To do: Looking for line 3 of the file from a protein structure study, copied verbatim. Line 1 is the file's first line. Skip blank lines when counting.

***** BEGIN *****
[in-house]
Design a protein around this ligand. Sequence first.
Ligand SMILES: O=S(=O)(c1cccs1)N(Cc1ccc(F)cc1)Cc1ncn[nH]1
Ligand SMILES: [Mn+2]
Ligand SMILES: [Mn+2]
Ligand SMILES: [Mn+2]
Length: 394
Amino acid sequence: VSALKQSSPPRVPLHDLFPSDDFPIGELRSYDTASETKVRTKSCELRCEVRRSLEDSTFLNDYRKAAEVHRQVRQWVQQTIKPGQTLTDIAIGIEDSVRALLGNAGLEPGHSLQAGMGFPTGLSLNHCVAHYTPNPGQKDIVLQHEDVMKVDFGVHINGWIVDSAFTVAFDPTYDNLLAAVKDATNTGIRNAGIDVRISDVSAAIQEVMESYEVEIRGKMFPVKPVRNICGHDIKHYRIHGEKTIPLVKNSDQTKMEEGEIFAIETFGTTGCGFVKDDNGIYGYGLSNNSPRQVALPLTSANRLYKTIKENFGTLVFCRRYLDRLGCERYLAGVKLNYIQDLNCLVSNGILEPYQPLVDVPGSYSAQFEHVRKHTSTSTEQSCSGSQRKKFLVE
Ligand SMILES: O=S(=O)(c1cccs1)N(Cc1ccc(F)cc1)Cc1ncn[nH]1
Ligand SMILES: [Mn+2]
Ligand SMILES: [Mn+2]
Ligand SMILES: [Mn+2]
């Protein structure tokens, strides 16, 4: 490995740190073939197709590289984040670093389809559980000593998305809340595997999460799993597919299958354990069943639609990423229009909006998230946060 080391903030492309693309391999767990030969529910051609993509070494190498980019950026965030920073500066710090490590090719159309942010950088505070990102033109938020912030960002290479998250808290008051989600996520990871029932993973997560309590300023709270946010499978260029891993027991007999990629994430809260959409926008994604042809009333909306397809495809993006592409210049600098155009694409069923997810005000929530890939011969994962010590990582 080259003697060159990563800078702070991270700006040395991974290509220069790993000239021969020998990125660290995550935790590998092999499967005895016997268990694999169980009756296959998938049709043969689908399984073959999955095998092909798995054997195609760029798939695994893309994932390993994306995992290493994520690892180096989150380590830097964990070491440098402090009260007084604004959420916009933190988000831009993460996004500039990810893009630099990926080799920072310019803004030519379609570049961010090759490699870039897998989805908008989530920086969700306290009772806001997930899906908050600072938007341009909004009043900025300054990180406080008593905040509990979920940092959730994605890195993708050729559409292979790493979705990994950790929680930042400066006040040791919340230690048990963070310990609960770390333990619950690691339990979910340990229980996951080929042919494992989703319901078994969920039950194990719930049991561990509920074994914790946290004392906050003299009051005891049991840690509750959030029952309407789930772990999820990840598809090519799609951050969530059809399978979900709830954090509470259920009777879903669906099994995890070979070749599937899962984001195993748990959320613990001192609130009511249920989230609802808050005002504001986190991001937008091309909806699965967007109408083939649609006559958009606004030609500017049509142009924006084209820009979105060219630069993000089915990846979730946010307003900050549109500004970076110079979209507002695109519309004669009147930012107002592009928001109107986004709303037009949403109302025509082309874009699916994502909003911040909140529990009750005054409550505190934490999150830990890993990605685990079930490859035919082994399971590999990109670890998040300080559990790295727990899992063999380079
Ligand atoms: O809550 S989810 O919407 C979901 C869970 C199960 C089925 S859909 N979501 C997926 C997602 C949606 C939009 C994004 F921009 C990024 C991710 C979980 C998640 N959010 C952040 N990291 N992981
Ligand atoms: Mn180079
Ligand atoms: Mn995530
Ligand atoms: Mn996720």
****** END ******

Ligand SMILES: O=S(=O)(c1cccs1)N(Cc1ccc(F)cc1)Cc1ncn[nH]1